no-fall-pruningFall is a favourite time for clean-up in the garden. We clear out all of our tired and spent annuals, remove leaf litter from the beds and patch our lawns. While we’re in the throes of our clean-up, it’s awfully tempting to get out the pruners and cut back our trees and shrubs to finish everything in one fell swoop. But…

Though it goes against popular opinion, our nursery staff strongly object to this practice.

When it comes to trees and shrubs, we cannot stress this enough: Fall is a Pruning-Free Season!

There are a number of reasons why we caution against it.

  1. In the fall, plants devote much of their energy downward – they’re gathering energy in their root mass so they’re able to push out new growth next spring. This means your plants are less likely to quickly repair the pruning cuts you make, which can lead to an assortment of pest and disease problems down the road.
  2. Some insects exploit fall pruning cuts as they search for a place to hide for the winter.
  3. In some situations, pruning will encourage sap to travel up the plant and encourage new growth. We don’t want this happening in the fall. Trees and shrubs need to wind down in the fall, not push out new tender branches. Tender growth will be quickly killed by cold temperatures, and as a double-whammy, your plant’s energy reserves will be depleted after expending so much, leading to weak growth next year.
  4. Hard winters cause dieback on many of our plants. It’s much easier to prune next year once evidence of such damage becomes clear. Otherwise, you may end up pruning twice – once in the fall, and once next season when you’re faced with dead branches. Save yourself the headache and skip the fall prune.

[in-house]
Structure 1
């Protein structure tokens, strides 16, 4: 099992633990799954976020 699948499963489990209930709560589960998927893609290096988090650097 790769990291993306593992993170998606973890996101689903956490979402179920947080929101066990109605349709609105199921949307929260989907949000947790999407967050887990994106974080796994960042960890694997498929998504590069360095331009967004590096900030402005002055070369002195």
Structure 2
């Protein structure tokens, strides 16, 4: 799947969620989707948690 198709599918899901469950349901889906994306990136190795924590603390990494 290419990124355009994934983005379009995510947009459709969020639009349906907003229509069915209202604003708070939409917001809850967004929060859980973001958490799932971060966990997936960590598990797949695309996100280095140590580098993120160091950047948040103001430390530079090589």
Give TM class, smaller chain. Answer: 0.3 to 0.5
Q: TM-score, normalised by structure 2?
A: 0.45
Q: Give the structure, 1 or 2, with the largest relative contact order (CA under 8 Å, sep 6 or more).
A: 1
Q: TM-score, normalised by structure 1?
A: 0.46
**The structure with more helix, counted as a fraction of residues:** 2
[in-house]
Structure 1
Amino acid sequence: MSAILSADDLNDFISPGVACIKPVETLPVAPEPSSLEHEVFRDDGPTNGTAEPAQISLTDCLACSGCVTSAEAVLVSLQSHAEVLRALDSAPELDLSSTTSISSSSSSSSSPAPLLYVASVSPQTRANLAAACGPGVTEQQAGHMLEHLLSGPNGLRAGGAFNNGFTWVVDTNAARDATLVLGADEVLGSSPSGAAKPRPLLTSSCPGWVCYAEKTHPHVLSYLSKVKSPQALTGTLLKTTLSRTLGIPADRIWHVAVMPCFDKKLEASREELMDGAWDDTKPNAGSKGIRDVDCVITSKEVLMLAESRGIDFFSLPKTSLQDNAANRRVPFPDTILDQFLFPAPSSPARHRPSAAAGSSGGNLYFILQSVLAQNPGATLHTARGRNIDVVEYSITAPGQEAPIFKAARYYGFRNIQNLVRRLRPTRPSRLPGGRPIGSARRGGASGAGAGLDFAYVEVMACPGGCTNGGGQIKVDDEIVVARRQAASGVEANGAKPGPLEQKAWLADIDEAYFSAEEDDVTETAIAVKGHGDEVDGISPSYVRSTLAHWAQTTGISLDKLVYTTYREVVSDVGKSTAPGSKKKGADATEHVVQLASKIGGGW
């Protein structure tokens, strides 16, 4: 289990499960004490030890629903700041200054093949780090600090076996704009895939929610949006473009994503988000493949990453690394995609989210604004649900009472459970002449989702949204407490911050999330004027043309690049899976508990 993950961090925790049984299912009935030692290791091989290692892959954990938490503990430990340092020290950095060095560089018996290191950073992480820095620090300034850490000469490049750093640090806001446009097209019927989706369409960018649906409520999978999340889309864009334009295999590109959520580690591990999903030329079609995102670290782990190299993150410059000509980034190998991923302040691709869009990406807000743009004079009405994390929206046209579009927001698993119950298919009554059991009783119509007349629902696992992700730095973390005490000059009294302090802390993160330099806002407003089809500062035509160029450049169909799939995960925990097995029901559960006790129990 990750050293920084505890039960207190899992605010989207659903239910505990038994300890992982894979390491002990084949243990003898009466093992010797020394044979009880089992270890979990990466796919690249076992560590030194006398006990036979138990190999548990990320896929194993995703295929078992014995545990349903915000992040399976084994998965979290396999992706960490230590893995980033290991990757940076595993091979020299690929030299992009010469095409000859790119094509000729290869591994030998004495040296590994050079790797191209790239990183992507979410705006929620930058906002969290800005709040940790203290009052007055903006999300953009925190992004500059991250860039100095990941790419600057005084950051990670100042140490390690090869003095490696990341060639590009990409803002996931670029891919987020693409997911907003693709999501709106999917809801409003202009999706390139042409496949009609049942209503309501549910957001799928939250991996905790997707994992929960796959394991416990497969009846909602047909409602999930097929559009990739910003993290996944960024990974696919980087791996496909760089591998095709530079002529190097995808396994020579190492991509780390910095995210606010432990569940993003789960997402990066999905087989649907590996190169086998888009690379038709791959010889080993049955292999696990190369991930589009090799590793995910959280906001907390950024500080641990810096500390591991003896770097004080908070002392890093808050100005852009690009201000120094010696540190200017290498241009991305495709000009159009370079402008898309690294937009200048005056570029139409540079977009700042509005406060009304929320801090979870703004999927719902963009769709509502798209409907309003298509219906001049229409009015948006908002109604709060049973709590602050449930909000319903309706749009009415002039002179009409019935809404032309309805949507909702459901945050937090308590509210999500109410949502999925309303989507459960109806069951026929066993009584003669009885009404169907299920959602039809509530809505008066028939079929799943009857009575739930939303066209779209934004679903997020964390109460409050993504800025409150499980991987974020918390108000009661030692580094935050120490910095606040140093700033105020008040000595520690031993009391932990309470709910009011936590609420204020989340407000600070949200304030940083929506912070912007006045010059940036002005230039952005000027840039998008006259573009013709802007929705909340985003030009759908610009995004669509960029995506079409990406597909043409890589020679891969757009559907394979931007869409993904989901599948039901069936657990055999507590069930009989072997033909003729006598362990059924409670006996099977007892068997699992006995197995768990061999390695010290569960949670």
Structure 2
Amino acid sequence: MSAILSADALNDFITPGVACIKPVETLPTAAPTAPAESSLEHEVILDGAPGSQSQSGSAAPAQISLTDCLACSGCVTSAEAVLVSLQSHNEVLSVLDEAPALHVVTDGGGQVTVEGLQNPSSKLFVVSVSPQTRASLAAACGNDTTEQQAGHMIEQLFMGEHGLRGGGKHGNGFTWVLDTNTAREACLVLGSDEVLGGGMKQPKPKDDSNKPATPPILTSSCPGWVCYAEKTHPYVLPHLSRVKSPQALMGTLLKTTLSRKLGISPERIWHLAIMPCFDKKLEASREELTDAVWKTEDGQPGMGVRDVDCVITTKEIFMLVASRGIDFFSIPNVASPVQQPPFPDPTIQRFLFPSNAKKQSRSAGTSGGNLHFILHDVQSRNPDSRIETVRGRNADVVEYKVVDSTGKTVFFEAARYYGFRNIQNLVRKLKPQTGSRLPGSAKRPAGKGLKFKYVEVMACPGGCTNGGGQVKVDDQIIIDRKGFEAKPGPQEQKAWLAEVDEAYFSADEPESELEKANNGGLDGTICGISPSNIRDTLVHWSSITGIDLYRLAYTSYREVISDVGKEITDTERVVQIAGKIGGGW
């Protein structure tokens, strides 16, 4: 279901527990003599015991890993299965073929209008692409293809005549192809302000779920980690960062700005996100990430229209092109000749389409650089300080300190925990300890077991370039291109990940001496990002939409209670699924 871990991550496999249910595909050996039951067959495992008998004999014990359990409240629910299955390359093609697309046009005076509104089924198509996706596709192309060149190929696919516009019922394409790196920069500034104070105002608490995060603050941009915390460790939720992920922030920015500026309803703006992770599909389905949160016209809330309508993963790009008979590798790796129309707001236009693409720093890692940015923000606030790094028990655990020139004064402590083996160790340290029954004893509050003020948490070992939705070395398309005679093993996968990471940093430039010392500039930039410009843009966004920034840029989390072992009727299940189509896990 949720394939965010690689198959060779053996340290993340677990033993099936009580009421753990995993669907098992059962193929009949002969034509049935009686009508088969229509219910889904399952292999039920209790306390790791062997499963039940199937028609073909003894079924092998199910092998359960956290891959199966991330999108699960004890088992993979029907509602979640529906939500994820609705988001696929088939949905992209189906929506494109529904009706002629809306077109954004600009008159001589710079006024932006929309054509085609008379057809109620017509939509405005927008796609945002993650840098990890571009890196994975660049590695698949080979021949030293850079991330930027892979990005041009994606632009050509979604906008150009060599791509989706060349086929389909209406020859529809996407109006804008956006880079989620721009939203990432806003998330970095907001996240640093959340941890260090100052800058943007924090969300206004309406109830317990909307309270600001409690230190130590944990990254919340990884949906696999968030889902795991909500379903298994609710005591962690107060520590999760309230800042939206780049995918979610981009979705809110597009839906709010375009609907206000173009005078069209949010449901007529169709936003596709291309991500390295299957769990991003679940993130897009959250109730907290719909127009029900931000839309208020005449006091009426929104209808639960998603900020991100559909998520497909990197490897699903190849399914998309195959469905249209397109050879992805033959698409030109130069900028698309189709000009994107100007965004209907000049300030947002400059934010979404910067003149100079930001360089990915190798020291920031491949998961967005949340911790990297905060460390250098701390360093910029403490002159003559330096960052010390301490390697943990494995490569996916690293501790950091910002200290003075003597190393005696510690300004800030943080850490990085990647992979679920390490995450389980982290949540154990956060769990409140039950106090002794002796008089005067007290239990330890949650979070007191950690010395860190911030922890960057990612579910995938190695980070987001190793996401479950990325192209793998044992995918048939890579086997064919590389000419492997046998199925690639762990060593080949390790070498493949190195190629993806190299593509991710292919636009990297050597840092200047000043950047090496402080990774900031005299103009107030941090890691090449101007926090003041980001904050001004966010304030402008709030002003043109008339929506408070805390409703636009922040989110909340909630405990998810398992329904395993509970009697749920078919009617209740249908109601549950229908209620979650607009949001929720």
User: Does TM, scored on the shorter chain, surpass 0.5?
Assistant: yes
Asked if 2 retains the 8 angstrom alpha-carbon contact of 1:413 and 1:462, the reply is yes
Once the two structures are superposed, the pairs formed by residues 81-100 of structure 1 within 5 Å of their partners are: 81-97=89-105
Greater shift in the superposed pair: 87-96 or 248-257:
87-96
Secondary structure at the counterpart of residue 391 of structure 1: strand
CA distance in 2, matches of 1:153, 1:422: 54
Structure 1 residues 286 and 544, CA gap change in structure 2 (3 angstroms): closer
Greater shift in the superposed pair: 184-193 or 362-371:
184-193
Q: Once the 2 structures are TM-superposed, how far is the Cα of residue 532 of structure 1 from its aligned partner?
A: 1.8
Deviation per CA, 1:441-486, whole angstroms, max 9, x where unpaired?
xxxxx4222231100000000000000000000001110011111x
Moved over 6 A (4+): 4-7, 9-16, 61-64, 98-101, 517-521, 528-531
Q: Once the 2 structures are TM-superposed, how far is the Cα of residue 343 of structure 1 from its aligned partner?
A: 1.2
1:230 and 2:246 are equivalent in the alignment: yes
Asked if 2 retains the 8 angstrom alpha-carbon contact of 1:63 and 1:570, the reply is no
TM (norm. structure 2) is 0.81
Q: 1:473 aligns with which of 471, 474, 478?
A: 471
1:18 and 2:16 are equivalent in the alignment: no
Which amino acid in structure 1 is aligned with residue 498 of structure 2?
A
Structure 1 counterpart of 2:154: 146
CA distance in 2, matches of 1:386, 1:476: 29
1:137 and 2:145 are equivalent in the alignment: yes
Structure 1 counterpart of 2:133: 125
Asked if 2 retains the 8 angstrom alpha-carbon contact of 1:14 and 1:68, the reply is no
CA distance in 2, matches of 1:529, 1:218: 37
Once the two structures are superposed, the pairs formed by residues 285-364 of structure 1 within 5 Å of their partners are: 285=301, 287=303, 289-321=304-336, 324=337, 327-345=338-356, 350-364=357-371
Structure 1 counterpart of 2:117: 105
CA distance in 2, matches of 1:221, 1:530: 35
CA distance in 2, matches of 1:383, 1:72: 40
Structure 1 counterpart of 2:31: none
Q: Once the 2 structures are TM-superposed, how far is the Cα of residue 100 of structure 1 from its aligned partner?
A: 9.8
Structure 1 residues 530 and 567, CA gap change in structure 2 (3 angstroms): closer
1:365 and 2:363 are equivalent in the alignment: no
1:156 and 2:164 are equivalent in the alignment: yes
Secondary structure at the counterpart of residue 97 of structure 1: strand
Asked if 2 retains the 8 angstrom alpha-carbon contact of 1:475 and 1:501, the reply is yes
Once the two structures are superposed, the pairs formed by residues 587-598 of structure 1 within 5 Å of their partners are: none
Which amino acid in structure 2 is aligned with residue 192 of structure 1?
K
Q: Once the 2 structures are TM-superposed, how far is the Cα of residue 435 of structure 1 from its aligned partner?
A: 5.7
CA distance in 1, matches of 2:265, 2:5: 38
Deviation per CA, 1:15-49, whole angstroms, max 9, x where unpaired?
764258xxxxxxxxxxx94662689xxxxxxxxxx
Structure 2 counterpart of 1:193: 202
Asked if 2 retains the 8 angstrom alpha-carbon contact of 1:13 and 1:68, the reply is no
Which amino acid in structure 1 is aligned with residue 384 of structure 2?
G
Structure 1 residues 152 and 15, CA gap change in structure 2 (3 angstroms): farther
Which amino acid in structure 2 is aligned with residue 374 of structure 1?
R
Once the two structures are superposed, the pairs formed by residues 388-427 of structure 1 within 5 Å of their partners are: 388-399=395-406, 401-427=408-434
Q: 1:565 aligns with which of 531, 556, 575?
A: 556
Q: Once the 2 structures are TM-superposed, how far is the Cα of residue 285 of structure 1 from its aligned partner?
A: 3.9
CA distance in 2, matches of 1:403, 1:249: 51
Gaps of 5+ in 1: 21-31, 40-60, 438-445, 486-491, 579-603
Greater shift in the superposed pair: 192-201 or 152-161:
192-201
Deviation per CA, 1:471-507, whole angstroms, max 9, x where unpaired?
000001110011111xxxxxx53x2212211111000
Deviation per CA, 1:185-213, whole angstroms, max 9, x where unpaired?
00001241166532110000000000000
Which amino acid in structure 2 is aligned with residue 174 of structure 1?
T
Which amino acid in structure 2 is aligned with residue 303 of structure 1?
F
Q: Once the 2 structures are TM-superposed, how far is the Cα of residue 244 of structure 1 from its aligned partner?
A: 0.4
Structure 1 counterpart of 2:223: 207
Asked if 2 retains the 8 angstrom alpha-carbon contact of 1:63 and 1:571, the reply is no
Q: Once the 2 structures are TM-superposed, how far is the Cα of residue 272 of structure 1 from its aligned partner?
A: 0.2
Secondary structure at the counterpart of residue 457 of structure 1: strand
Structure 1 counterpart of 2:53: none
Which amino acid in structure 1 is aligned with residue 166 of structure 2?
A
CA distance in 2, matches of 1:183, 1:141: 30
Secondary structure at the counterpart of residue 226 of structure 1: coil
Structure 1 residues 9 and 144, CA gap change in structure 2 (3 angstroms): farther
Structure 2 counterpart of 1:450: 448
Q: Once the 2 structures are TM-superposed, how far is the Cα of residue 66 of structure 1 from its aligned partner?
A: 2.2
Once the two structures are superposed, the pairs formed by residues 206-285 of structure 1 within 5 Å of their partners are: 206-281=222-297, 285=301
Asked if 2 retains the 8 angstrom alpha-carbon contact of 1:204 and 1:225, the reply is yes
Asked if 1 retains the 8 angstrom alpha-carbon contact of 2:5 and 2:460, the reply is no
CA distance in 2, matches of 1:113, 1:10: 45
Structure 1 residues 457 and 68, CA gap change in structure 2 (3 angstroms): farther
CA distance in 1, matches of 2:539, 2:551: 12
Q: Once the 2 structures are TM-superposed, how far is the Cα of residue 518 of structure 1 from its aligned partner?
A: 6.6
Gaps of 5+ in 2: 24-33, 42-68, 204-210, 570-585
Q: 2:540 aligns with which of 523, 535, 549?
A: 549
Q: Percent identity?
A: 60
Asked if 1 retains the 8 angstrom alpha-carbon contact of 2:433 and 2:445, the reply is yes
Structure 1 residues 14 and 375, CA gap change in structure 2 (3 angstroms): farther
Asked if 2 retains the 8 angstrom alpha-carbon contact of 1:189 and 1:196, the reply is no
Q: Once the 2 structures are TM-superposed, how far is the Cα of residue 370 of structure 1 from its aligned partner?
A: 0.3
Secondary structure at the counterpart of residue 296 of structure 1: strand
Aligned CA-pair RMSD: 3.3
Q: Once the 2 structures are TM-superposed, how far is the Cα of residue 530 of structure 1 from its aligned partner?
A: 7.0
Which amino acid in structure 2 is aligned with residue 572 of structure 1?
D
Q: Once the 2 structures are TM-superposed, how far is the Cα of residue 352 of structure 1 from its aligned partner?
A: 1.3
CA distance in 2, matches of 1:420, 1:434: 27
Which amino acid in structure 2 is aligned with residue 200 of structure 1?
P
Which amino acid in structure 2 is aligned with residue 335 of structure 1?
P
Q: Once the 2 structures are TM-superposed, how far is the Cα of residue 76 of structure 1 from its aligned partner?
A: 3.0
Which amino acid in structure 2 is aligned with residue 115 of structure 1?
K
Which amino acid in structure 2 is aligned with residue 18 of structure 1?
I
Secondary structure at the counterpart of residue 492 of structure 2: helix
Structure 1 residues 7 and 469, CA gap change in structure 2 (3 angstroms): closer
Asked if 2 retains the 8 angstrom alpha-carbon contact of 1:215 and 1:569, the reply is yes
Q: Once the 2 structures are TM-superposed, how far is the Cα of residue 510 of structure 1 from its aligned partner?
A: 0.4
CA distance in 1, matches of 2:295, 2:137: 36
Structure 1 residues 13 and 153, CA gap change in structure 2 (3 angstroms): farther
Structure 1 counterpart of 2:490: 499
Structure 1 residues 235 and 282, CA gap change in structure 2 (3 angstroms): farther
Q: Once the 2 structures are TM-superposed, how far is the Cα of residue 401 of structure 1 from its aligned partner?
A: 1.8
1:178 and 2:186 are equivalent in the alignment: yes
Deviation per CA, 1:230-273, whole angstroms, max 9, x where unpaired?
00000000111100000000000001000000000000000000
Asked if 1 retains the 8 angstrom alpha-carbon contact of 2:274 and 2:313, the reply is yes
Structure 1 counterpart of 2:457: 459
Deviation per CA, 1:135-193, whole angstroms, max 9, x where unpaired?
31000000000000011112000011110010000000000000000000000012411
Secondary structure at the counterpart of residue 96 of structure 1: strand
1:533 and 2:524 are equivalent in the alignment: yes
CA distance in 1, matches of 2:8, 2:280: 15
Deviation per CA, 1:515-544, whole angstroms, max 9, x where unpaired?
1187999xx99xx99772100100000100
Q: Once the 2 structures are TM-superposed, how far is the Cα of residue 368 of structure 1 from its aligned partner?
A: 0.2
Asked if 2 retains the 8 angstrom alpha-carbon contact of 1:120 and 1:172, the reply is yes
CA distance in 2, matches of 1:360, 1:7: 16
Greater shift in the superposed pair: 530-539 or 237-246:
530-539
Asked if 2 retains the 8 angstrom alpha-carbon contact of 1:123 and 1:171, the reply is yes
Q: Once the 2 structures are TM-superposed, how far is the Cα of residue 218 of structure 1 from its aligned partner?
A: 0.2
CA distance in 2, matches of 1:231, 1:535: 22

If fall pruning is such a bad idea, why do many gardening resources encourage it? A quick search will reveal many websites and gardening resources that advocate fall pruning. There are a few considerations to make in this regard:

  • Ensure the resource is specific to Southern Ontario. In warmer or otherwise different climates, shrubs may flower at different times, winter damage may not be as great an issue, different pests and diseases may be more or less prevalent. This may make fall pruning possible.
  • Ensure the resource is specific to the shrub or tree you wish to prune. Every plant has different needs and growing habits. It’s tempting to prune several different plants uniformly because it’s faster and more efficient, but you might be doing your plants a disservice. A resource advocating the fall pruning of one plant does not mean fall pruning is suitable for all plants.
  • Ensure the resource is credible. Sifting through message boards and gardening forums is invaluable in troubleshooting and for getting the scoop on unusual plants. However, information shared is sometimes highly anecdotal and may not apply to your situation. A frequent poster might advocate fall pruning, but that doesn’t make it true.

A final thought: we don’t want to sound alarmist. Pruning in the fall will not suddenly kill all of your plants. However, it is still a bad idea, and there is always a better time to do it. So, put those pruners away!

For more information on pruning practices, consult our tip sheet Pruning Trees & Shrubs: Why When?